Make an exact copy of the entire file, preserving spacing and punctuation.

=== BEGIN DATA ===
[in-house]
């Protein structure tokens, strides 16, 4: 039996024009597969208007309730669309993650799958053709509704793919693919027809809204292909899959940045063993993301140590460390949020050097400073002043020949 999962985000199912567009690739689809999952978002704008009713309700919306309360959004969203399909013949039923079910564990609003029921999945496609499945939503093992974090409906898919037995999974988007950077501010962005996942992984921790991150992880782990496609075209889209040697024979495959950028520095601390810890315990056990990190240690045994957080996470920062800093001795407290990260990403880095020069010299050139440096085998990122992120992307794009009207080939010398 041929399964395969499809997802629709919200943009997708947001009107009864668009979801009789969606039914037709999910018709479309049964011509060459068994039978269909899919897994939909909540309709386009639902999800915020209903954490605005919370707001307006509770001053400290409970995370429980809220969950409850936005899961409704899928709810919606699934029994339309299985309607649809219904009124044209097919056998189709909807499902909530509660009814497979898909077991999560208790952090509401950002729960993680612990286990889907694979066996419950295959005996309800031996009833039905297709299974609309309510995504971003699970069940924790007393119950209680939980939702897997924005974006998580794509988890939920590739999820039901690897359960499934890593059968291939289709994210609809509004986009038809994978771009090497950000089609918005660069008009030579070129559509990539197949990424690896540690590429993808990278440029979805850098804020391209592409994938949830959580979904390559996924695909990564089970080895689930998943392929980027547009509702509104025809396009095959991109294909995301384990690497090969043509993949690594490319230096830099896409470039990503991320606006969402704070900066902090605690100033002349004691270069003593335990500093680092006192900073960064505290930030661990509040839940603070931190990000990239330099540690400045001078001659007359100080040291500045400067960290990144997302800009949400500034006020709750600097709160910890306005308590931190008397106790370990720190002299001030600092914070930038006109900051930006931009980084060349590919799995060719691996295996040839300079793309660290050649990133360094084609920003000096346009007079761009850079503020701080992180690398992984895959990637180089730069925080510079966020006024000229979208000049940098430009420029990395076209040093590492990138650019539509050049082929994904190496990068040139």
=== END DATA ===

[in-house]
């Protein structure tokens, strides 16, 4: 039996024009597969208007309730669309993650799958053709509704793919693919027809809204292909899959940045063993993301140590460390949020050097400073002043020949 999962985000199912567009690739689809999952978002704008009713309700919306309360959004969203399909013949039923079910564990609003029921999945496609499945939503093992974090409906898919037995999974988007950077501010962005996942992984921790991150992880782990496609075209889209040697024979495959950028520095601390810890315990056990990190240690045994957080996470920062800093001795407290990260990403880095020069010299050139440096085998990122992120992307794009009207080939010398 041929399964395969499809997802629709919200943009997708947001009107009864668009979801009789969606039914037709999910018709479309049964011509060459068994039978269909899919897994939909909540309709386009639902999800915020209903954490605005919370707001307006509770001053400290409970995370429980809220969950409850936005899961409704899928709810919606699934029994339309299985309607649809219904009124044209097919056998189709909807499902909530509660009814497979898909077991999560208790952090509401950002729960993680612990286990889907694979066996419950295959005996309800031996009833039905297709299974609309309510995504971003699970069940924790007393119950209680939980939702897997924005974006998580794509988890939920590739999820039901690897359960499934890593059968291939289709994210609809509004986009038809994978771009090497950000089609918005660069008009030579070129559509990539197949990424690896540690590429993808990278440029979805850098804020391209592409994938949830959580979904390559996924695909990564089970080895689930998943392929980027547009509702509104025809396009095959991109294909995301384990690497090969043509993949690594490319230096830099896409470039990503991320606006969402704070900066902090605690100033002349004691270069003593335990500093680092006192900073960064505290930030661990509040839940603070931190990000990239330099540690400045001078001659007359100080040291500045400067960290990144997302800009949400500034006020709750600097709160910890306005308590931190008397106790370990720190002299001030600092914070930038006109900051930006931009980084060349590919799995060719691996295996040839300079793309660290050649990133360094084609920003000096346009007079761009850079503020701080992180690398992984895959990637180089730069925080510079966020006024000229979208000049940098430009420029990395076209040093590492990138650019539509050049082929994904190496990068040139």